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Old 11-23-2011, 12:25 PM
 
Location: Terra
208 posts, read 538,537 times
Reputation: 360

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Quote:
Originally Posted by PA2UK View Post
How is the $79 Kindle more comparable to the Nook Simple Touch? It does not have a touch screen like the Nook does. Just because the pricing is closer does not mean they are similar models. I readily admitted that the closest Kindle comparison to the Nook Simple Touch is more expensive - one of the downsides to the Kindle Touch.
IMO it's more comparable due to the lack of a physical keyboard. They're both the most "basic" models. Also, they're similar in size, weight, and amount of basic storage. It's a matter of opinion and it's ok you disagree.

Quote:
Yep, and I was just clarifying that their claim is not true for the Kindle Touch or Keyboard.
Well, you seemed to have an issue with what I wrote about the info I had at the time I considered the e-readers. I stated the timeliness of the battery life issue from the get go.

Quote:
I didn't say that you did.
But you pretty much did. You wrote, "This is not true, they both use eInk Pearl technology and did so in August, even before the Kindle Touch announcement." This was clearly a response based on a misreading of what I had written.

Quote:
There's no tizzy, I just noticed a lot of your info is outdated or wrong and I thought the OP would want to know. I know I would want to know in her position.
Oh but there is. I'm sure the OP already noticed that I opined based on my own experience and my nook. I'm sure others also noticed that I did not give "a lot" of "wrong" info, as you claim, since much of it was an opinion (which you may not like, hence "wrong"?). As for the actual "info," you specifically picked 2 out of 9 delineated points I raised to show how I was "wrong," when I had already qualified my points. No need to take it personally. I'm out.
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Old 11-23-2011, 01:55 PM
 
Location: Colorado (PA at heart)
9,333 posts, read 14,629,568 times
Reputation: 12262
Quote:
Originally Posted by mllex View Post
IMO it's more comparable due to the lack of a physical keyboard. They're both the most "basic" models. Also, they're similar in size, weight, and amount of basic storage. It's a matter of opinion and it's ok you disagree.
The Kindle Touch is also similar in size and weight; in fact, it's even closer:

Nook Simple Touch specs: 6.5" x 5.0" x 0.47", 7.48 ounces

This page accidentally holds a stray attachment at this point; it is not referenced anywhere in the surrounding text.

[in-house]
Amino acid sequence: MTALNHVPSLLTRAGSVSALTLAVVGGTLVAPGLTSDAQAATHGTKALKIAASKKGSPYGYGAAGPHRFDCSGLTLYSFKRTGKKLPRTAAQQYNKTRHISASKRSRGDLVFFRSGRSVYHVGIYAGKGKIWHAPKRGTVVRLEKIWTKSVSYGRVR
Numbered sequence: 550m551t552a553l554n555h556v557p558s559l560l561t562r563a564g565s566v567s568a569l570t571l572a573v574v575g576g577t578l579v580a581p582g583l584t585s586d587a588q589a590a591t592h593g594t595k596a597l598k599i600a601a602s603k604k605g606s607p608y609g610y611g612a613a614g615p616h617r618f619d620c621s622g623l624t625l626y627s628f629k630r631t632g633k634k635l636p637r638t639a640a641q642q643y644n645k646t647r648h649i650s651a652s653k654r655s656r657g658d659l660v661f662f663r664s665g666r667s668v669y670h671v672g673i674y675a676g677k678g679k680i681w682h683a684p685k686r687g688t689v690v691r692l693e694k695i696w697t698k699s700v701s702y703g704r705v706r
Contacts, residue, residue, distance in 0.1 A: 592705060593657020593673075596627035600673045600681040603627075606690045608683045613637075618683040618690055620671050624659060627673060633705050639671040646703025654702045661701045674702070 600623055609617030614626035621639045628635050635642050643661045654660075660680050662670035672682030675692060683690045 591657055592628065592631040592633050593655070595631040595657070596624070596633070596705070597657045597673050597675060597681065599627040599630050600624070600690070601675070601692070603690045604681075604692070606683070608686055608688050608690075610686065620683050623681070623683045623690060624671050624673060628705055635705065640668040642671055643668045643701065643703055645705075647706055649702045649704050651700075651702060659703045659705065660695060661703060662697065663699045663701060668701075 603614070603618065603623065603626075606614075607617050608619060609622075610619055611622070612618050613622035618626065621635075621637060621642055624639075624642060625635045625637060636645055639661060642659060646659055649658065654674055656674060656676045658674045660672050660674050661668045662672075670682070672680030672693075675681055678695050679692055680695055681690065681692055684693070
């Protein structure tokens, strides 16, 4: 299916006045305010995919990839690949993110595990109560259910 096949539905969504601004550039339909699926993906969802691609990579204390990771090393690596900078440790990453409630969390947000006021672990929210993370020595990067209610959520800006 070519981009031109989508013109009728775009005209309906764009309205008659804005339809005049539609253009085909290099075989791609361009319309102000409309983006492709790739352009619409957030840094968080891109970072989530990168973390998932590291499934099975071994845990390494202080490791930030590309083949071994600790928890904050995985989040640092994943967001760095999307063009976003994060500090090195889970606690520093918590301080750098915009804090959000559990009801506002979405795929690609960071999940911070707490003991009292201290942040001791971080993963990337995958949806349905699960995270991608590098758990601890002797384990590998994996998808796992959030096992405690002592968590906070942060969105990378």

Kindle Touch specs: 6.8" x 4.7" x 0.40", 7.5 ounces
$79 Kindle: 6.5" x 4.5" x 0.34", 5.98 ounces

But now we're getting pretty pedantic. Big picture: the touch screen is generally regarded as the most distinguishing feature between models. If someone is in the market for an eInk touch screen, they won't be looking at the $79 Kindle, they'll be looking at the Kindle Touch and the Nook Simple Touch. B&N simply don't offer a competitor to the $79 Kindle.

Quote:
But you pretty much did. You wrote, "This is not true, they both use eInk Pearl technology and did so in August, even before the Kindle Touch announcement." This was clearly a response based on a misreading of what I had written.
I said it's not true that they used different types of eInk technology, I did not say that you claimed Kindle does not use eInk at all. You really go to long lengths to twist things around to try to make yourself look not-so-wrong after all, huh?

Quote:
Oh but there is. I'm sure the OP already noticed that I opined based on my own experience and my nook. I'm sure others also noticed that I did not give "a lot" of "wrong" info, as you claim, since much of it was an opinion (which you may not like, hence "wrong"?). As for the actual "info," you specifically picked 2 out of 9 delineated points I raised to show how I was "wrong," when I had already qualified my points. No need to take it personally. I'm out.
Nope, I have no problem with people preferring a Nook over a Kindle. In fact, my SIL has the old Nook and I'm getting her the Nook Simple Touch for Christmas. It doesn't bother me that her opinion differs from mine. My issue is solely with the outdated and incorrect info you put forward (and yes, a lot of it was incorrect, you seem incapable of just being able to admit you were wrong so if anyone is taking it personally, it appears to be you).
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Old 11-23-2011, 01:56 PM